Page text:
Basic Apache Flink Tutorial: SQL Programming Practice

By Jark Wu

This article describes tutorial practice based on the open-source sql-training project of Ververica, and Flink 1.7.2. It uses five examples throughout the Flink SQL programming practice, mainly covering the following aspects:

  • How to use the SQL CLI client.
  • How to run an SQL query on a stream.
  • Run window aggregate and non-window aggregate to understand the differences between them.
  • How to use SQL to consume Kafka data.
  • How to use SQL to write results to Kafka and ElasticSearch.
  • The article assumes that you already have basic SQL knowledge.

Prepare the Environment

This tutorial is based on Docker, so you’re not required to install other or additional programs. This exercise is not dependent on the Java environment, Scala, or IDE.

Note: There may not be enough resources configured in Docker by default, which may cause the Flink job to crash while running. Therefore, we recommend configuring the resources in Docker to 3–4 GB and 3–4 CPUs.

In this tutorial, we installed the environment using Docker Compose, which accommodates containers of various services, including:

  • Flink SQL Client: To submit queries and visualize results.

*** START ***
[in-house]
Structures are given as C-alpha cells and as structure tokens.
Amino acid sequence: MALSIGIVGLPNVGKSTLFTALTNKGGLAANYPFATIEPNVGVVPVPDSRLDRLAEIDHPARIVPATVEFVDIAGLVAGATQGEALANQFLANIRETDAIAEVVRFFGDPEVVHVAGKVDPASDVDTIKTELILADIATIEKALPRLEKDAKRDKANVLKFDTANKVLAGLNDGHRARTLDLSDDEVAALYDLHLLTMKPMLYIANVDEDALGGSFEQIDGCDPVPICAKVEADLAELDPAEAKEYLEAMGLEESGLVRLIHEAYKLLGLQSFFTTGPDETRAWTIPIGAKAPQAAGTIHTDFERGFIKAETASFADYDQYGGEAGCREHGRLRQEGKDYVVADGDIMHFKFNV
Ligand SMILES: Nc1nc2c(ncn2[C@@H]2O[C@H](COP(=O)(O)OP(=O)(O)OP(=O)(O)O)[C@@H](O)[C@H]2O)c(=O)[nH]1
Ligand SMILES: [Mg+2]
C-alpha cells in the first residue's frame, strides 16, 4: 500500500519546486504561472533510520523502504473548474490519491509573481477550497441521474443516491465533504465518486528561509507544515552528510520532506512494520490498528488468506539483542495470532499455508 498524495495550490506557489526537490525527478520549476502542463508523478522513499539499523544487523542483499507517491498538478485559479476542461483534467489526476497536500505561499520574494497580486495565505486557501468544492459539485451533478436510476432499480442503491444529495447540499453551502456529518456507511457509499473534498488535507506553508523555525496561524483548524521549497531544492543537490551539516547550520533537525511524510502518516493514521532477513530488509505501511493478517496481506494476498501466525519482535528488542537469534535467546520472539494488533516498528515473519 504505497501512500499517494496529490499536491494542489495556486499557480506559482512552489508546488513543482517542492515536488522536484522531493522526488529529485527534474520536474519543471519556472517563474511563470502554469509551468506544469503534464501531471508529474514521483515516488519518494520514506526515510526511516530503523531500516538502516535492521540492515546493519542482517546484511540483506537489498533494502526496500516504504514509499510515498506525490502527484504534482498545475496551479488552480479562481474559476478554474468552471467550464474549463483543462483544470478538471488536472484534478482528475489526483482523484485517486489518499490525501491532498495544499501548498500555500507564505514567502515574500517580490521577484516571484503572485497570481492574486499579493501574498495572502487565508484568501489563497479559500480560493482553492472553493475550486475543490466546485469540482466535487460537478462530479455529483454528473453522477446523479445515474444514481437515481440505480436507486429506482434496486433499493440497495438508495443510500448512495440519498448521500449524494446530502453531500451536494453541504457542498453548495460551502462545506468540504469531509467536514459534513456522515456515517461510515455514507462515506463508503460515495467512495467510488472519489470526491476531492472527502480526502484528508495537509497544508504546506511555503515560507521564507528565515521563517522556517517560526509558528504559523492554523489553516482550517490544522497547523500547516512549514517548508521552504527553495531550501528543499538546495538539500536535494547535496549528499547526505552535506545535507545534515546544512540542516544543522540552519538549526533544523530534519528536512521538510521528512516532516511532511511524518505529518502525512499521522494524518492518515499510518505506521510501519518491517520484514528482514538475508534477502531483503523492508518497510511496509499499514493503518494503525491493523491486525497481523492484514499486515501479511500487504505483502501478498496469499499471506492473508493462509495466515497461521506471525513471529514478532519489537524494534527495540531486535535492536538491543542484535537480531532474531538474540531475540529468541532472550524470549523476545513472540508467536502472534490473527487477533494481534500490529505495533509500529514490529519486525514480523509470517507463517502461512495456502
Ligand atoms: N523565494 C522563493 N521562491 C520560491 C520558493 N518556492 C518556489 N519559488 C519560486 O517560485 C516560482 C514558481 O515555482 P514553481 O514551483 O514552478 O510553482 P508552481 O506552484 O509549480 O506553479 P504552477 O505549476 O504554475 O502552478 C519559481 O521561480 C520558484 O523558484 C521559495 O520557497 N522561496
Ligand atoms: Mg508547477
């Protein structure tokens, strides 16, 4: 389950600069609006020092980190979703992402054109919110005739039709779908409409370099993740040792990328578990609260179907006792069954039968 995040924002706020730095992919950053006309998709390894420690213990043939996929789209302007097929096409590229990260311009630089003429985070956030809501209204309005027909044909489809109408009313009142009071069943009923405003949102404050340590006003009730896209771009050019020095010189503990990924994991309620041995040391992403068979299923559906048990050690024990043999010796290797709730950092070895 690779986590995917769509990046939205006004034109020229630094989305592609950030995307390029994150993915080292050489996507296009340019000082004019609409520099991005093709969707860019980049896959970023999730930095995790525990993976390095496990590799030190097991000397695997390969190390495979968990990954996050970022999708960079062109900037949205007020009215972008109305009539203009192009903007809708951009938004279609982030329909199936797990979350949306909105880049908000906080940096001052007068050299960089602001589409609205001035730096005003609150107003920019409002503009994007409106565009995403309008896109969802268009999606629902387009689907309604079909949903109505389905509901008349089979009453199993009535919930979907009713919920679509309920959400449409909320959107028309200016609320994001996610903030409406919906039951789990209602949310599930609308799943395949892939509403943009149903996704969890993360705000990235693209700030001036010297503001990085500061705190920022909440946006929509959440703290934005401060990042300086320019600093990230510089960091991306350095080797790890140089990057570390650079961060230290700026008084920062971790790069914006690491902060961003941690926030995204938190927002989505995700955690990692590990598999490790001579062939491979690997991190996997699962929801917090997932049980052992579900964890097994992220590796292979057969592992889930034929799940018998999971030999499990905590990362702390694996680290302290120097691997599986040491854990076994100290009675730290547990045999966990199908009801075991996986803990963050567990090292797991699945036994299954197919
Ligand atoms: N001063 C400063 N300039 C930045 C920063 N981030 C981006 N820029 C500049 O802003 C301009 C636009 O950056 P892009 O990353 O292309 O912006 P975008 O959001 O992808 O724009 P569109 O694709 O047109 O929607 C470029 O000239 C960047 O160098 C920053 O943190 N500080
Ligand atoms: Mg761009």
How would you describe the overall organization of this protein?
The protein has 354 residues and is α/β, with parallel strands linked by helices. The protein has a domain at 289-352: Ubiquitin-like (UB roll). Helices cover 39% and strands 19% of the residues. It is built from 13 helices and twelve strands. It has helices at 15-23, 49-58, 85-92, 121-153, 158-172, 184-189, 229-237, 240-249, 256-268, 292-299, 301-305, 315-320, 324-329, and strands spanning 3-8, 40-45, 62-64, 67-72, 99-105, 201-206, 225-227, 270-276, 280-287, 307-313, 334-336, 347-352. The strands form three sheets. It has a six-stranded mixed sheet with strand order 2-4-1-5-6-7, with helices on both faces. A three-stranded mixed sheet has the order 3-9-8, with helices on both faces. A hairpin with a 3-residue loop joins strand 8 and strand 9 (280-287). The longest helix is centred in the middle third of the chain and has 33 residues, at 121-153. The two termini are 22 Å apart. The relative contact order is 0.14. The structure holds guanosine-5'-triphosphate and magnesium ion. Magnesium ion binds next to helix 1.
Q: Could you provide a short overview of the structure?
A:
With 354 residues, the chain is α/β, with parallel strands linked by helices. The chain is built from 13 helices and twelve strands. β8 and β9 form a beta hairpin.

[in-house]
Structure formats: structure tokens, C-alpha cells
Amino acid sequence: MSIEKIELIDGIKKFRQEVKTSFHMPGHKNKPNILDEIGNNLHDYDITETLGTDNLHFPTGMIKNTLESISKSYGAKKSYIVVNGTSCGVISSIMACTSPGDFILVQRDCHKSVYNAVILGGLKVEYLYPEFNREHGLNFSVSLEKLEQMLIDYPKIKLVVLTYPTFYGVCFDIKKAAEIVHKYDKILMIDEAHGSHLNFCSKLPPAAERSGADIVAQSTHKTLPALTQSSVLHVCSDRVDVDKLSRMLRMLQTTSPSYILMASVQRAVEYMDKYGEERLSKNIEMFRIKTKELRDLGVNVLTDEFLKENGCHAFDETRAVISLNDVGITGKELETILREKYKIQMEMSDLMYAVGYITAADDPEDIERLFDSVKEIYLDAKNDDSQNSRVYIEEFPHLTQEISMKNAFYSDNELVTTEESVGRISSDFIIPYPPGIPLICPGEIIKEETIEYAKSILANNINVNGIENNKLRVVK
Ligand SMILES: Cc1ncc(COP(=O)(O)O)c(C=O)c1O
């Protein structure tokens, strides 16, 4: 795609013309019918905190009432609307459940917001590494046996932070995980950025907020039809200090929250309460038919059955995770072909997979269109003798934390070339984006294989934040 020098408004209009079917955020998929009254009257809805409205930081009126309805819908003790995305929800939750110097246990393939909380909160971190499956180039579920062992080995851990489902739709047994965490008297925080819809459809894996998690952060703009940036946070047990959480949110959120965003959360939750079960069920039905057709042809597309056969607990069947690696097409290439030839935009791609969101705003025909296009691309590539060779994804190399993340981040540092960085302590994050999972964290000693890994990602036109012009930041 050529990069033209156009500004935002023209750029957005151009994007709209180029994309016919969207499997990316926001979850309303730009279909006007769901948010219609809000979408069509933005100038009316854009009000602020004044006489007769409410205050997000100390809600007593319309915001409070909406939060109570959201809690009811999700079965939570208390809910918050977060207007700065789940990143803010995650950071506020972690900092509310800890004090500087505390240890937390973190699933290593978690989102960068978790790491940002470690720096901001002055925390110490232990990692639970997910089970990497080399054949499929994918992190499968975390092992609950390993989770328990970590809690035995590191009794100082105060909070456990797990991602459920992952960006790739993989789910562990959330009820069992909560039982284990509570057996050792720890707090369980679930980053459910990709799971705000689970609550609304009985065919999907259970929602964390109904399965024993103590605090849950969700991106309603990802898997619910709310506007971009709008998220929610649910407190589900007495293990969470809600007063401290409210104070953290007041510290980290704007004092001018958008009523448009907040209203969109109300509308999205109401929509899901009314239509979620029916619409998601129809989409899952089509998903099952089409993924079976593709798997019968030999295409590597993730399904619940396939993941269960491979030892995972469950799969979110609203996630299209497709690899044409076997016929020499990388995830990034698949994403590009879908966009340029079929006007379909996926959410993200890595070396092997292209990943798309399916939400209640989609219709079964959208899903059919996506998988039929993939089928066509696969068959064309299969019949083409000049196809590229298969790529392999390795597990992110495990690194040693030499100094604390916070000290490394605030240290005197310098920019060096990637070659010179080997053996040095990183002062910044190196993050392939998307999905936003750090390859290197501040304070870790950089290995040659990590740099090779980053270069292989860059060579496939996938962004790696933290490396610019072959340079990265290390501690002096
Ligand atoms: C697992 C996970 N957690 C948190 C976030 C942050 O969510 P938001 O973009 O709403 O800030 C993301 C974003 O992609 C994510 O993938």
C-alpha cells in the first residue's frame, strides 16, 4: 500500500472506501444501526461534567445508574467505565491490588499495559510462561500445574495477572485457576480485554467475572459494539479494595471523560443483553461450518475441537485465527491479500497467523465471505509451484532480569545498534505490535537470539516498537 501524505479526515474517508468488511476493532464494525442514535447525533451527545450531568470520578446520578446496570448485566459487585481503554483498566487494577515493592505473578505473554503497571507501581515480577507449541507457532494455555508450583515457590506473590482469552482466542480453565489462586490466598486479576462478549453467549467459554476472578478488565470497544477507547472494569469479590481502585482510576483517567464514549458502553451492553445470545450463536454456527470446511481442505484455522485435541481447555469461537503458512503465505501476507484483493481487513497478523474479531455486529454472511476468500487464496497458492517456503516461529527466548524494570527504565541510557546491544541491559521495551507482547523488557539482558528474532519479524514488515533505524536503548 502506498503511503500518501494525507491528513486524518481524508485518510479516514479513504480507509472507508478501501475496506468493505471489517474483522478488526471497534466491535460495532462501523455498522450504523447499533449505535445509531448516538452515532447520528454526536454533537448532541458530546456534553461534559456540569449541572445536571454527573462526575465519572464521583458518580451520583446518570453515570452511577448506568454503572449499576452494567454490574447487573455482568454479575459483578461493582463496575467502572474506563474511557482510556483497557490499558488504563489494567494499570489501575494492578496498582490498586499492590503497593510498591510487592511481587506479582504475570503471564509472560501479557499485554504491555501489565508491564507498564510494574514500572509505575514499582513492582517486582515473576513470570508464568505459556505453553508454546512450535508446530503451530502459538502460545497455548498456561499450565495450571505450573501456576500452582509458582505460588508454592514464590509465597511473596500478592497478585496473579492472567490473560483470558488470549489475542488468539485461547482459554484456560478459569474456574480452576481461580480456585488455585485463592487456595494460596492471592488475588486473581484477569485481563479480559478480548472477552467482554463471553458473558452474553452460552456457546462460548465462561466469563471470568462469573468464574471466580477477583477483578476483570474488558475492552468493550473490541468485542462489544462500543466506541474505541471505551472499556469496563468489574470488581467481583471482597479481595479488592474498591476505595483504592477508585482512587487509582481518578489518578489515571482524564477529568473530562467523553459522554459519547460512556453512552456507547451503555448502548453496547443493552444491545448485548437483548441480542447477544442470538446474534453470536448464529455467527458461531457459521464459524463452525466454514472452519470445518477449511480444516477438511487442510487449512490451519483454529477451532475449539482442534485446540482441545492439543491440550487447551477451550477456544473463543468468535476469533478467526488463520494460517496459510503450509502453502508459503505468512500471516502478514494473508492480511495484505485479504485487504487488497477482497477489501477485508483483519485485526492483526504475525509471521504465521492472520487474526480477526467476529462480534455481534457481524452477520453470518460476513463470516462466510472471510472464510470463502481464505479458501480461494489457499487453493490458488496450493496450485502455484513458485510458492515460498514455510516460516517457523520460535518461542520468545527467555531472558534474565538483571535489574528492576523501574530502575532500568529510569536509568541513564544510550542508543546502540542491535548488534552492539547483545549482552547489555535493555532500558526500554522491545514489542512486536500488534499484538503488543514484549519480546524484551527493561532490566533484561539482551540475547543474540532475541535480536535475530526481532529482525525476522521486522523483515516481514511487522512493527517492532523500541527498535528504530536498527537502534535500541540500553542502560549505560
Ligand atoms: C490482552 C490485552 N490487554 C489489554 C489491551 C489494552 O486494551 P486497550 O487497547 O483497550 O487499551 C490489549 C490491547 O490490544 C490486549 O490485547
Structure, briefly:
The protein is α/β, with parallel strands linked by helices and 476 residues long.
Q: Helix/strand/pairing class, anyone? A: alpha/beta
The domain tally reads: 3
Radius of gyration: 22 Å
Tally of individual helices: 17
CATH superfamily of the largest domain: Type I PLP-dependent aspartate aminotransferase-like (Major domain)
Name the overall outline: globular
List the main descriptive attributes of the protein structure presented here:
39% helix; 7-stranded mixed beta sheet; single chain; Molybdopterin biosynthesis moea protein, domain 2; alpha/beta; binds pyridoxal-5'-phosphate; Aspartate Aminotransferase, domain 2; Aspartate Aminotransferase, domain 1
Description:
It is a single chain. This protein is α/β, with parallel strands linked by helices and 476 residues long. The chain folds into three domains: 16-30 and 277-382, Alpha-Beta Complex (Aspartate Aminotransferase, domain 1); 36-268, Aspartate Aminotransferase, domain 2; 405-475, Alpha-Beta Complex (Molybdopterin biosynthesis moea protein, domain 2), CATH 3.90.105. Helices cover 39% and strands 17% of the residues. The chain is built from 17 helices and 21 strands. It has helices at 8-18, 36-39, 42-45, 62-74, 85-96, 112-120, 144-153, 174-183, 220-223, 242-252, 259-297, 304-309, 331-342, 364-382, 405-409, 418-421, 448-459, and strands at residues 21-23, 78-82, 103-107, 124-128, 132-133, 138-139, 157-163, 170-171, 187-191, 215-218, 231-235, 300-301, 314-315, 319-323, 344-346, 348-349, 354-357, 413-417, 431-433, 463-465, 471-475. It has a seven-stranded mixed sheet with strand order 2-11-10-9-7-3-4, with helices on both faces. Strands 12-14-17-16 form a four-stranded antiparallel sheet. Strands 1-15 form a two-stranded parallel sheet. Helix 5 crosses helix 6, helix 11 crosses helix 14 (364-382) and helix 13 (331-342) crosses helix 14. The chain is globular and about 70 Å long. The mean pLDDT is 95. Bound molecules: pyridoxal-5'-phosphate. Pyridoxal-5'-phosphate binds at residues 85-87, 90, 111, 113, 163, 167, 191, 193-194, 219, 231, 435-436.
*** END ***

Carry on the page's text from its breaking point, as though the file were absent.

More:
• Flink JobManager and TaskManager: To run Flink SQL tasks.
  • Apache Kafka: To generate input streams and write result streams.
  • Apache ZooKeeper: a Kafka dependency.
  • ElasticSearch: to write results.

The Docker Compose configuration file is provided. You can download the docker-compose.yml file directly.

Next, open the command line window, enter the directory where the docker-compose.yml file is stored, and then run the following command:

  • Linux & MacOS
docker-compose up -d
  • Windows
set COMPOSE_CONVERT_WINDOWS_PATHS=1
docker-compose up -d

The docker-compose command starts every required container. Docker automatically downloads images (nearly 2.3 GB) from Docker Hub the first time it runs, which may take a while. After that, it starts in a matter of seconds. If the operation is successful, you can see the following output on the command line; you can also access Flink Web UI at http://localhost:8081.